Sam released a breath. Thank God. She wasn’t usually keen on cutting missions short, but this time she had to agree with him. There was nothing on this planet. And as Daniel had said, even the inscriptions were of little value to them. Only curiosity had driven the archeologist to copy them.

In the spirit of good will, Jack had granted him a few hours of exploration time to satisfy his curiosity, since they’d just missed their Stargate window anyway. More important projects waited for her back at camp.

Jack gave Sam a smirk and turned. “Whenever you’re ready.”

Grinning, she followed him. “You’re enjoying this, aren’t you?”

“Little bit, yeah.”

His admission made her beam at him. She hurried over to pack up her things, and then shouldered her backpack. Another three hours and they’d be back home.

Sand. Sand. Sand wherever she looked. It stretched out ahead of them in an endless landscape of dunes and valleys. Crept into her shoes and clothes, and the wind even carried it into her hair. Sam shielded her eyes against the sun and sighed. The first thing she’d do when they were home was take a shower. Or even better, a swim in the lake. That’d be refreshing after the heat here.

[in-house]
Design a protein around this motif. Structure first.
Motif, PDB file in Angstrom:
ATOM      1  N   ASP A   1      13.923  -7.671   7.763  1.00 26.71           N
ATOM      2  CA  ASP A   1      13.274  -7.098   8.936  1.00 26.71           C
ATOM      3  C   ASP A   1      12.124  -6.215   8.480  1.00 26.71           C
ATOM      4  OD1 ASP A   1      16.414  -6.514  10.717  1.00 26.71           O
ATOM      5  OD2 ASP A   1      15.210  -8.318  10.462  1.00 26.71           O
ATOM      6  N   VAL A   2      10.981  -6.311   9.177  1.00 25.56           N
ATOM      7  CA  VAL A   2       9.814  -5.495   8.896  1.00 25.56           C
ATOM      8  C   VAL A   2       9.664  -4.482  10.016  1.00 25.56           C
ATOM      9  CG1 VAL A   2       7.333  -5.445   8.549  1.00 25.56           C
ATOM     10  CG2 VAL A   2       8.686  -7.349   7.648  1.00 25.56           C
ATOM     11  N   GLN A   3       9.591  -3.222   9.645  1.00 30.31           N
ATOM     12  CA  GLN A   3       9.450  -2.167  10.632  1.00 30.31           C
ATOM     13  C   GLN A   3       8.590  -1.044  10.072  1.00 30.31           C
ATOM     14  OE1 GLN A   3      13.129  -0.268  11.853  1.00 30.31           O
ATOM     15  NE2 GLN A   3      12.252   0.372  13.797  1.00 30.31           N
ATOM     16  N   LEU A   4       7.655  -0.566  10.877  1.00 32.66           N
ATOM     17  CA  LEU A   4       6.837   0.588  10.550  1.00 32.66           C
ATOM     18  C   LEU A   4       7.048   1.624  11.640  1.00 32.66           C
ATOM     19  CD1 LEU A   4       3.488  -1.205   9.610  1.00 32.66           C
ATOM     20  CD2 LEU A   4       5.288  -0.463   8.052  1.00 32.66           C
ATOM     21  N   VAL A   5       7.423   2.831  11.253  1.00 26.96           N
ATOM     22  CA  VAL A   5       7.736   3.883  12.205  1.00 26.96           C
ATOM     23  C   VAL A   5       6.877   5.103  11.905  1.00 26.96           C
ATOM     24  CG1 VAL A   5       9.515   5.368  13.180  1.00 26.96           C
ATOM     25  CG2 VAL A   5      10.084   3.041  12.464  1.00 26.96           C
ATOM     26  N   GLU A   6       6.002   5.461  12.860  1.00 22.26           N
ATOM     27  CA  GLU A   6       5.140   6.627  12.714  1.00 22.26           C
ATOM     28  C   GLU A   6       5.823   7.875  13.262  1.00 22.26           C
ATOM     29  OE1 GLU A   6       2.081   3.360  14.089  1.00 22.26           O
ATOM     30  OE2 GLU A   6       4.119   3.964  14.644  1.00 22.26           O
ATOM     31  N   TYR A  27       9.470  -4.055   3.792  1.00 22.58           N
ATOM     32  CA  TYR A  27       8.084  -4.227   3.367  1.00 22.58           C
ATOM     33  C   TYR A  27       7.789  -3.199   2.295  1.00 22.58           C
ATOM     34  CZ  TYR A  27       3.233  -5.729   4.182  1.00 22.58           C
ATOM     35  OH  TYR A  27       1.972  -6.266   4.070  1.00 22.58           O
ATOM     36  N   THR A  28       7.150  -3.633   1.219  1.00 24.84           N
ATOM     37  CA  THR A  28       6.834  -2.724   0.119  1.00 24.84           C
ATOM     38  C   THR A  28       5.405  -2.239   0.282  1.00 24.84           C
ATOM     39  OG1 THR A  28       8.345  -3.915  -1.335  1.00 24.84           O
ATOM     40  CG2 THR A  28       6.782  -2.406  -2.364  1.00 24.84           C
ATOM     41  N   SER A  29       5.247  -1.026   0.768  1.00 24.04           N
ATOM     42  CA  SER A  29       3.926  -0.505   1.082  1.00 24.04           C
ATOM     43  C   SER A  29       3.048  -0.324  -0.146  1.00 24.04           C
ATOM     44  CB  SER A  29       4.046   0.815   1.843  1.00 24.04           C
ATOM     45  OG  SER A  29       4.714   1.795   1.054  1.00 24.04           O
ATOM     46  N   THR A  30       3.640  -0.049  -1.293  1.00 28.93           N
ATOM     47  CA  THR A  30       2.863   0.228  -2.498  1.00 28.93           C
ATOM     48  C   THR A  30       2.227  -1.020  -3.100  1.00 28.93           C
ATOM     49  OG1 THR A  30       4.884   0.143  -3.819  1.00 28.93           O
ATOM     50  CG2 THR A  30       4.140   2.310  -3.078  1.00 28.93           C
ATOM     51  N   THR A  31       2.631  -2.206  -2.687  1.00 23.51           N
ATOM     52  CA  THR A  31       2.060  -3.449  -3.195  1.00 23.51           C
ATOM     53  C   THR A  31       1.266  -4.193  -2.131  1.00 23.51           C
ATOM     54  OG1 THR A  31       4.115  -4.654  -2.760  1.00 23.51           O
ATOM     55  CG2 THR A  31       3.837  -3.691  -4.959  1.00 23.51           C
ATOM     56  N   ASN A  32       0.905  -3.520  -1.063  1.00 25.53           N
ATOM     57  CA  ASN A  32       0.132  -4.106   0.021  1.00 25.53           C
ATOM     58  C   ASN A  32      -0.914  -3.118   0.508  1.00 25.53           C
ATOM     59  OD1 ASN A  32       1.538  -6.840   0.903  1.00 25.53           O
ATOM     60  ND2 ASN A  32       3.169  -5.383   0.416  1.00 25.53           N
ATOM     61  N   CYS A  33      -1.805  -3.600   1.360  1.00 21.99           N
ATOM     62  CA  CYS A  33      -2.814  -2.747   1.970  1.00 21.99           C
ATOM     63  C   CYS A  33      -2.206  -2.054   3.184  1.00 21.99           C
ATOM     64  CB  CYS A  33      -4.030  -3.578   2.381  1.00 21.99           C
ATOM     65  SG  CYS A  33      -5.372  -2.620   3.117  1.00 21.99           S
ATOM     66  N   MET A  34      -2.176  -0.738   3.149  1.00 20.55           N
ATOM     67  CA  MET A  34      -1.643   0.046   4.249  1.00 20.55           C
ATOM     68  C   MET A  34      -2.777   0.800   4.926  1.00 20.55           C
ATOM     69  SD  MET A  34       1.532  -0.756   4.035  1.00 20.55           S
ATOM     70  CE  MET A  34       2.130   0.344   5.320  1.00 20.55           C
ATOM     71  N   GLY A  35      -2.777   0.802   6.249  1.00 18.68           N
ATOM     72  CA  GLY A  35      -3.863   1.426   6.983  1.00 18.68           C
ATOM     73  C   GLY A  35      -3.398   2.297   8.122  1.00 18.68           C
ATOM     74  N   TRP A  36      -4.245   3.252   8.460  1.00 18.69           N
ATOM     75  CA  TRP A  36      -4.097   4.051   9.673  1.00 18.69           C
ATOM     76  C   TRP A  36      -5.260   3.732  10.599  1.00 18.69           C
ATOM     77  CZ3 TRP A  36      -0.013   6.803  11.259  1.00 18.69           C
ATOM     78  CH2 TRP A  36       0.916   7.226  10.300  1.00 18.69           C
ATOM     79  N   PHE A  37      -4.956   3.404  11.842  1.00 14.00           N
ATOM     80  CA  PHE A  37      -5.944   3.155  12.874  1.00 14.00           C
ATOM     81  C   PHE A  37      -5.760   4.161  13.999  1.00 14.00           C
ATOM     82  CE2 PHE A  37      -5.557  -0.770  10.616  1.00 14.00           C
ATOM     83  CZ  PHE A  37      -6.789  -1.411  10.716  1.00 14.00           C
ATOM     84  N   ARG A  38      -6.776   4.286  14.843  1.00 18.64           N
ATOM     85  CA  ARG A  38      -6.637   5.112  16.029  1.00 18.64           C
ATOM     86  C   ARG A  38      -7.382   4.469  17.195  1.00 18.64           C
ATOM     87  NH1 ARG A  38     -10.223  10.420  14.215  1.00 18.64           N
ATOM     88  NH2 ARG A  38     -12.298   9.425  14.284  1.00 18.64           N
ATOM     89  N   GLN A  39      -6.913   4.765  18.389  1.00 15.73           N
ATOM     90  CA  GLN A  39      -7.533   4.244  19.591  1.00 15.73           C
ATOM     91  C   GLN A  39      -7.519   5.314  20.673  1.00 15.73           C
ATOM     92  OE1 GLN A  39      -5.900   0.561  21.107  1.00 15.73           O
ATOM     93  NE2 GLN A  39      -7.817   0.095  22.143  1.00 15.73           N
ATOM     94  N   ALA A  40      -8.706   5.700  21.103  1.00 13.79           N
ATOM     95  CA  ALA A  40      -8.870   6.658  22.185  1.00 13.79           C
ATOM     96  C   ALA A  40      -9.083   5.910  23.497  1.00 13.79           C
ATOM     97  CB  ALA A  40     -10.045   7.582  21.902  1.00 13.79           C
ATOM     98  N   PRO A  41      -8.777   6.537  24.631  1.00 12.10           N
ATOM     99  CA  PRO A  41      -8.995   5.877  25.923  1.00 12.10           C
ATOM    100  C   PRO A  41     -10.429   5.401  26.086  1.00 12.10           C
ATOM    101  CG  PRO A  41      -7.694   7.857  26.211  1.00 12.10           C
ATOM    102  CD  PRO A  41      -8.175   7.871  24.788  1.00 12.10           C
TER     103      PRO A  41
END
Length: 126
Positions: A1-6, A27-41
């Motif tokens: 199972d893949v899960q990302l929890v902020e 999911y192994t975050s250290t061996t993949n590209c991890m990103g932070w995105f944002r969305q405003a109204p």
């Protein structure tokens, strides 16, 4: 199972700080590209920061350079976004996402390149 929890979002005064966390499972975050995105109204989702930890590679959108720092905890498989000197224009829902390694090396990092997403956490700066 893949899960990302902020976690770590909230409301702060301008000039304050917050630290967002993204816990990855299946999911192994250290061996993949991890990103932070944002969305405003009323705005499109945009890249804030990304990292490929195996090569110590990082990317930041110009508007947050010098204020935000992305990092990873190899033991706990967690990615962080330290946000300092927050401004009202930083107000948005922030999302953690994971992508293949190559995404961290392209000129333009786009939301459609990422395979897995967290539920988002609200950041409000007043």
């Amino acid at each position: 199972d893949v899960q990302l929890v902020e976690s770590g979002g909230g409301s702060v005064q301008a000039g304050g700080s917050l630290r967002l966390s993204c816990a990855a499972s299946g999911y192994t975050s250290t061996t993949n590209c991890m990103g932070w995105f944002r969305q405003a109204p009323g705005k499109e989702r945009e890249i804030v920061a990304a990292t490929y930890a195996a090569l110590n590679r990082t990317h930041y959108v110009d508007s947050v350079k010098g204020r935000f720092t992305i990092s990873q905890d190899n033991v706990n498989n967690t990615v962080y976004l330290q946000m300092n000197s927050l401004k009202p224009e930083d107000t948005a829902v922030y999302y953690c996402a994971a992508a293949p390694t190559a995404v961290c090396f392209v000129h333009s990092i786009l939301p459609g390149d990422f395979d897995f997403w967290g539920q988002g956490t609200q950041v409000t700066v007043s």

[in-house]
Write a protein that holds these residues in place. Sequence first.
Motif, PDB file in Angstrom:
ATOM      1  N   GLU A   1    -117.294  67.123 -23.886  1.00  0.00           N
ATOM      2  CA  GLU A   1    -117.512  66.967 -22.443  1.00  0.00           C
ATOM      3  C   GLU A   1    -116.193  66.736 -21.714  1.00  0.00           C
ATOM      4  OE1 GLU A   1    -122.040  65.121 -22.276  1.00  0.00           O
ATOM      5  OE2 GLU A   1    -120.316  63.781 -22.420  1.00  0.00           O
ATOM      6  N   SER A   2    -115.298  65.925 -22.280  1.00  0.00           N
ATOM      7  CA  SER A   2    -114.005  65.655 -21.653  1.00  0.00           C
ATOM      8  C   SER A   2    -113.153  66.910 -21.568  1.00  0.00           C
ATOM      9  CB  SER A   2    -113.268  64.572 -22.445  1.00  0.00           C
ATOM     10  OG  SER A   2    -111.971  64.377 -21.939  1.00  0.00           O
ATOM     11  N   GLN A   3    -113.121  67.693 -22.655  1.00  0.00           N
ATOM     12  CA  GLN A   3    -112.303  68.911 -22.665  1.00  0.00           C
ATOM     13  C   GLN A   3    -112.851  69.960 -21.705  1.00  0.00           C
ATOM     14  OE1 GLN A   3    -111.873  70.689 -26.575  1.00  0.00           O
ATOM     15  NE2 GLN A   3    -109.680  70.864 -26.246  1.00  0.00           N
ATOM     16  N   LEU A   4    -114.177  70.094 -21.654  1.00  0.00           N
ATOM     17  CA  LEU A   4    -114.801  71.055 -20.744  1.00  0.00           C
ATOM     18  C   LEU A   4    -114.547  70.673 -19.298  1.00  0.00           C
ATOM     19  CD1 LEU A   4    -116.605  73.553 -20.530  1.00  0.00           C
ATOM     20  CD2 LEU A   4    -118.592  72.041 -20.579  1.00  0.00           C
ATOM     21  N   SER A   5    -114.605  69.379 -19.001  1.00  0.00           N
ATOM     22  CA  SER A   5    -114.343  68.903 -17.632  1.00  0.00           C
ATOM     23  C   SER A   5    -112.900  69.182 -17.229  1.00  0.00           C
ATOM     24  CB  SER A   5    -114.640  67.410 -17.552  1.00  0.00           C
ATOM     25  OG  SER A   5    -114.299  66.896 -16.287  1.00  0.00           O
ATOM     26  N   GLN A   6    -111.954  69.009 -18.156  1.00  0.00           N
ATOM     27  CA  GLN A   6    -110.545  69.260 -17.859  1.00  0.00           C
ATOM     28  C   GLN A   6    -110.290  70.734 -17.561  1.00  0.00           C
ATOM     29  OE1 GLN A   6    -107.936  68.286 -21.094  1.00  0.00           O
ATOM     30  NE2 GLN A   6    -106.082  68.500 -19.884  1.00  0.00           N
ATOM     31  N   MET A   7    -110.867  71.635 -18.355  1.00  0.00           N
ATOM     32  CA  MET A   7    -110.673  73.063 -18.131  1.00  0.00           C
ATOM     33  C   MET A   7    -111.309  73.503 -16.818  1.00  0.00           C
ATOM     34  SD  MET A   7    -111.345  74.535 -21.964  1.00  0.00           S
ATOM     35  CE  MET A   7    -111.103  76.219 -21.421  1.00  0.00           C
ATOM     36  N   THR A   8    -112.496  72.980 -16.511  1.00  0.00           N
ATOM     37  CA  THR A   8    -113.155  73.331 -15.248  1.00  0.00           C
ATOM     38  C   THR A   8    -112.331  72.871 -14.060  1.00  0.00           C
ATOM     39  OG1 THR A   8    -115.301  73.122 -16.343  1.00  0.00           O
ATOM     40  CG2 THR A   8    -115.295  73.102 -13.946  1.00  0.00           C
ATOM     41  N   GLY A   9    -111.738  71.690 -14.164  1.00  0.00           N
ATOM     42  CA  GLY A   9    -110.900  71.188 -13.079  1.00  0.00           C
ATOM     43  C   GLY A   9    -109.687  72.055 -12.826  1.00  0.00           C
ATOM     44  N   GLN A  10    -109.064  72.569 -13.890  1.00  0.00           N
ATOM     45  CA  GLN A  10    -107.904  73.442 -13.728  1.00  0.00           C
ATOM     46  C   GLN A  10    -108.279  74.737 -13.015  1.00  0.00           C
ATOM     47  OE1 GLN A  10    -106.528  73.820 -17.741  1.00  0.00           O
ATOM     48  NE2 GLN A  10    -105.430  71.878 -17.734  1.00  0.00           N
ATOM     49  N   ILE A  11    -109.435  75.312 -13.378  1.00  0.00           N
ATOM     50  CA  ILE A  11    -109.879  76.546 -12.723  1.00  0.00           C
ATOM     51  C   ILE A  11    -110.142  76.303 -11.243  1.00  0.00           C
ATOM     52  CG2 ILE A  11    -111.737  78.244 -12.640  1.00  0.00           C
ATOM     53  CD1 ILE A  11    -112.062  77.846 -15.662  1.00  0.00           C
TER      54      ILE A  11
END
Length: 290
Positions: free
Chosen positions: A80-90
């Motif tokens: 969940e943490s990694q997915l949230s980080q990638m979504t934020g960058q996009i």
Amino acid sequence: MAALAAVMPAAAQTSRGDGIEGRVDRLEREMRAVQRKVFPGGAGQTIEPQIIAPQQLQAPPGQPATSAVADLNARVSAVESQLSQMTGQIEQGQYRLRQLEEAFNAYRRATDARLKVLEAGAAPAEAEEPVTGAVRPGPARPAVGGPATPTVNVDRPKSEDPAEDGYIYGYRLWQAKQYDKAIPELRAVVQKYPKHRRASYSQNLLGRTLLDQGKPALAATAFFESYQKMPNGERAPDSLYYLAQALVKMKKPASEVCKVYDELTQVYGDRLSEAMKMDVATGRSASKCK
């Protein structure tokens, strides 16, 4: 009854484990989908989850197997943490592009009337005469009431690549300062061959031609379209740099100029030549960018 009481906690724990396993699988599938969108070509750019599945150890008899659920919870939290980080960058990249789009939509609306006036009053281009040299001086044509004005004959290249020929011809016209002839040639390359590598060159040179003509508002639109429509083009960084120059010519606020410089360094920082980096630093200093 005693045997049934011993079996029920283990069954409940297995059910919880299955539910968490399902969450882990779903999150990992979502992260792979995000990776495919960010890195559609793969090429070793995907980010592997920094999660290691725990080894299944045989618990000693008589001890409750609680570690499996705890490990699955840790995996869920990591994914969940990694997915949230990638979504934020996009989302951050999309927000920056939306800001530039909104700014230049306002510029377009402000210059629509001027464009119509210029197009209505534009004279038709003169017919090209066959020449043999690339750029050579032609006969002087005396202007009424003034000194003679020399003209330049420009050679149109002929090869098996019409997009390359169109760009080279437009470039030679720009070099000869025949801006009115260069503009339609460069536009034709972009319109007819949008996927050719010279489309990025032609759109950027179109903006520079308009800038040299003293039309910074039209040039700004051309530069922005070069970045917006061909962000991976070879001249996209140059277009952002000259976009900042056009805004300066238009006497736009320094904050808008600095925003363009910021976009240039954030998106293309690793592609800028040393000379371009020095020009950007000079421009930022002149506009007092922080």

“Alright, one more klick over that dune and we should be at the gate.” Jack pulled the cap off his head and scratched through his hair before putting it back on.

“I still don’t understand why we can’t take the jumper off-world.”

“Because, Daniel.” His tone indicated he wasn’t willing to discuss the subject.

“Great reasoning.” The archeologist gave him a sarcastic frown.

“For starters I don’t wanna put up with constant fights about which team gets to use the jumper on their mission.”